The largest ever study of bird genetics has not only shaken up but completely redrawn the avian evolutionary tree. The study challenges current classifications, alters our understanding of avian evolution, and provides a valuable resource for phylogenetic and comparative studies in birds.
Birds are among the most studied and loved animals, and much of what we know about animal biology -- from natural history to ecology, speciation, reproduction, etc. -- is based on birds. Nevertheless, the avian tree-of-life has remained controversial and elusive -- until now.
For more than five years, the Early Bird Assembling the Tree-of-Life Research Project, centered at The Field Museum, has been examining DNA from all major living groups of birds. Thus far, scientists have built and analyzed a dataset of more than 32 kilobases of nuclear DNA sequences from 19 different locations on the DNA of each of 169 bird species. The results of this massive research, which is equivalent to a small genome project, will be published in Science on June 27, 2008.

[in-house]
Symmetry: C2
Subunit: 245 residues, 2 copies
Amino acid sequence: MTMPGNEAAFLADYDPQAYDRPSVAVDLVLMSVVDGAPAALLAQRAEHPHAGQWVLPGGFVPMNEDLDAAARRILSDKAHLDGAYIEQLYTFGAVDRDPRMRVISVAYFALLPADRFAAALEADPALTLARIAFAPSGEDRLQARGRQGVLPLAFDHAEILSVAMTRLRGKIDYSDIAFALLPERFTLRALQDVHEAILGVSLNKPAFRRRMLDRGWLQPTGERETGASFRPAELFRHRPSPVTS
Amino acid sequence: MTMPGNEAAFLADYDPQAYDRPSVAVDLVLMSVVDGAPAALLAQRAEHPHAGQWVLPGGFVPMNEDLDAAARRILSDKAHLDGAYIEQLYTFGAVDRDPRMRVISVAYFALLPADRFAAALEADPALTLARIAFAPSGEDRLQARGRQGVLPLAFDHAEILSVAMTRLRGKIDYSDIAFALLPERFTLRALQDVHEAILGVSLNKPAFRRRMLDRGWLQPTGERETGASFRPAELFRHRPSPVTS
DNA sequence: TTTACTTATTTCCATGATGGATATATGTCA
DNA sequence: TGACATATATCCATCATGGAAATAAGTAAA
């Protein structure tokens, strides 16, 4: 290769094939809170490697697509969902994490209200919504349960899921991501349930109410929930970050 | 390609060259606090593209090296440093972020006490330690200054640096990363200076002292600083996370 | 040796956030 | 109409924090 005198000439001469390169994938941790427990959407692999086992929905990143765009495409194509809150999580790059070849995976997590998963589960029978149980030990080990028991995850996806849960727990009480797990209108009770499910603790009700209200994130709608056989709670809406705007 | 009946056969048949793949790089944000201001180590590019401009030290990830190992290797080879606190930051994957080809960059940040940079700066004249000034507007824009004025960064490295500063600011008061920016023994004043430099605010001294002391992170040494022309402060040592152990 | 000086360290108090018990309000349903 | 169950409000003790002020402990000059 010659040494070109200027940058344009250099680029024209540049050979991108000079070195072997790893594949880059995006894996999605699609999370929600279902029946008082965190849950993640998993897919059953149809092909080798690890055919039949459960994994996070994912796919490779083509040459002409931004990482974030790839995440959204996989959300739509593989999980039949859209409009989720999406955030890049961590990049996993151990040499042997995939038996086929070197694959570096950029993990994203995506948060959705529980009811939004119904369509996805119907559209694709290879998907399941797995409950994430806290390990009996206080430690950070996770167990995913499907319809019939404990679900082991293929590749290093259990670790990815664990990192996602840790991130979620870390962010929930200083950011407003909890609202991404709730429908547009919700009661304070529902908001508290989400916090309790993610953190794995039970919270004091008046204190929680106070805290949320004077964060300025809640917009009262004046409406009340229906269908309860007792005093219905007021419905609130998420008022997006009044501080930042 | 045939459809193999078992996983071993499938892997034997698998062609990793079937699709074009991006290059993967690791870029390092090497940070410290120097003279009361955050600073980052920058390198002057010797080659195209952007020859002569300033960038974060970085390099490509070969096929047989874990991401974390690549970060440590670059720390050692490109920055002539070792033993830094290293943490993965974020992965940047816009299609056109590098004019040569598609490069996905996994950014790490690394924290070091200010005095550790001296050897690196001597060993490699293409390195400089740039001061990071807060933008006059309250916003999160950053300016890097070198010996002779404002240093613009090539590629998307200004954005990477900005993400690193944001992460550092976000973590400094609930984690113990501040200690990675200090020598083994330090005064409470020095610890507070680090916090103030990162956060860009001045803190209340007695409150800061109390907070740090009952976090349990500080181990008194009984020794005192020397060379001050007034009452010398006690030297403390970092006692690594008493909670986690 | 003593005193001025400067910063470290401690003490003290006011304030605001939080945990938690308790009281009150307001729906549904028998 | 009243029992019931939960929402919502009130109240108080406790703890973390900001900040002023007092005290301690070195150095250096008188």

"Our study and the remarkable new understanding of the evolutionary relationships of birds that it affords was possible only because of the technological advances of the last few years that have enabled us to sample larger portions of genomes," said Shannon Hackett, one of three lead authors and associate curator of birds at The Field Museum. "Our study yielded robust results and illustrates the power of collecting genome-scale data to reconstruct difficult evolutionary trees."
The results of the study are so broad that the scientific names of dozens of birds will have to be changed, and biology textbooks and birdwatchers' field guides will have to be revised. For example, we now know that:
Birds adapted to the diverse environments several distinct times because many birds that now live on water (such as flamingos, tropicbirds and grebes) did not evolve from a different waterbird group, and many birds that now live on land (such as turacos, doves, sandgrouse and cuckoos) did not evolve from a different landbird group.